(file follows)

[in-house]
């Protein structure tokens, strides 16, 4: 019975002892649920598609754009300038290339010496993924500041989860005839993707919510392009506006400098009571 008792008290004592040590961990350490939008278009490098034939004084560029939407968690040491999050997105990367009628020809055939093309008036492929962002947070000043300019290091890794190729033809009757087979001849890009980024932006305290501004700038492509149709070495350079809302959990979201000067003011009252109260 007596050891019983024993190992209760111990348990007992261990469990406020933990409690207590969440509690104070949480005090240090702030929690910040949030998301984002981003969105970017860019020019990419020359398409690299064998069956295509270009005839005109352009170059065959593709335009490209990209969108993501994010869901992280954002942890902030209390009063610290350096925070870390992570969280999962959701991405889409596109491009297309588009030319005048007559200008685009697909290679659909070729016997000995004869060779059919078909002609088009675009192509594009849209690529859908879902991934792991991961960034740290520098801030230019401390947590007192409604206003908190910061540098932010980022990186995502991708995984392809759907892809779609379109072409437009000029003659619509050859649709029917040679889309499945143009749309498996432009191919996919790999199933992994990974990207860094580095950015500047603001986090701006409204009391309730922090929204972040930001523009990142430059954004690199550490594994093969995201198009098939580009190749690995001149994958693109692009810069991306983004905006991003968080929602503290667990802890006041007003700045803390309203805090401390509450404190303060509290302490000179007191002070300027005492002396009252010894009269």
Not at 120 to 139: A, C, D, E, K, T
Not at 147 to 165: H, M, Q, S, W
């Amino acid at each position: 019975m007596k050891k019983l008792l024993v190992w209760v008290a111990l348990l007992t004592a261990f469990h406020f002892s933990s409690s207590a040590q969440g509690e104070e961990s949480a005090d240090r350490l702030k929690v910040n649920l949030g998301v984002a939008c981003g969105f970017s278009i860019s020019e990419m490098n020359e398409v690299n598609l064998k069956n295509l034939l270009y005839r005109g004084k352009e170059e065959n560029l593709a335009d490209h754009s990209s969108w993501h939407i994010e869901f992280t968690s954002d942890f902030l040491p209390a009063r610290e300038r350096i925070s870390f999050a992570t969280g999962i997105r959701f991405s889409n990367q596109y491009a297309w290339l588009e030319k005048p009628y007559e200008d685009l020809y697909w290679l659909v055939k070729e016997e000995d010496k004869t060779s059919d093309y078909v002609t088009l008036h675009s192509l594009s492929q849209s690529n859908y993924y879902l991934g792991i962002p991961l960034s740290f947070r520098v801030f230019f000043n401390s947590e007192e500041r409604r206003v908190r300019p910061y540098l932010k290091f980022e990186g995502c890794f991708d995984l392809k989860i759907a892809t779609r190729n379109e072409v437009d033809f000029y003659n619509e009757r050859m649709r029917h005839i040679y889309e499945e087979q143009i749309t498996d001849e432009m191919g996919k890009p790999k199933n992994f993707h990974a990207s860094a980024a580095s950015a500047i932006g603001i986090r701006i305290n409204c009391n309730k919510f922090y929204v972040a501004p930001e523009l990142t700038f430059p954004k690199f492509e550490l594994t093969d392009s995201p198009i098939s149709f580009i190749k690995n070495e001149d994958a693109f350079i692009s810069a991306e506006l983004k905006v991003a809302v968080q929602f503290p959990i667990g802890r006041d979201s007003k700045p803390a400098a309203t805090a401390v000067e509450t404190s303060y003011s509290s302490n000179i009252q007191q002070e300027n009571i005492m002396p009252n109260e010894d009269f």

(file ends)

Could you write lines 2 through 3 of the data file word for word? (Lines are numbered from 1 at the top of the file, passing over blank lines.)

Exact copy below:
């Protein structure tokens, strides 16, 4: 019975002892649920598609754009300038290339010496993924500041989860005839993707919510392009506006400098009571 008792008290004592040590961990350490939008278009490098034939004084560029939407968690040491999050997105990367009628020809055939093309008036492929962002947070000043300019290091890794190729033809009757087979001849890009980024932006305290501004700038492509149709070495350079809302959990979201000067003011009252109260 007596050891019983024993190992209760111990348990007992261990469990406020933990409690207590969440509690104070949480005090240090702030929690910040949030998301984002981003969105970017860019020019990419020359398409690299064998069956295509270009005839005109352009170059065959593709335009490209990209969108993501994010869901992280954002942890902030209390009063610290350096925070870390992570969280999962959701991405889409596109491009297309588009030319005048007559200008685009697909290679659909070729016997000995004869060779059919078909002609088009675009192509594009849209690529859908879902991934792991991961960034740290520098801030230019401390947590007192409604206003908190910061540098932010980022990186995502991708995984392809759907892809779609379109072409437009000029003659619509050859649709029917040679889309499945143009749309498996432009191919996919790999199933992994990974990207860094580095950015500047603001986090701006409204009391309730922090929204972040930001523009990142430059954004690199550490594994093969995201198009098939580009190749690995001149994958693109692009810069991306983004905006991003968080929602503290667990802890006041007003700045803390309203805090401390509450404190303060509290302490000179007191002070300027005492002396009252010894009269």
Not at 120 to 139: A, C, D, E, K, T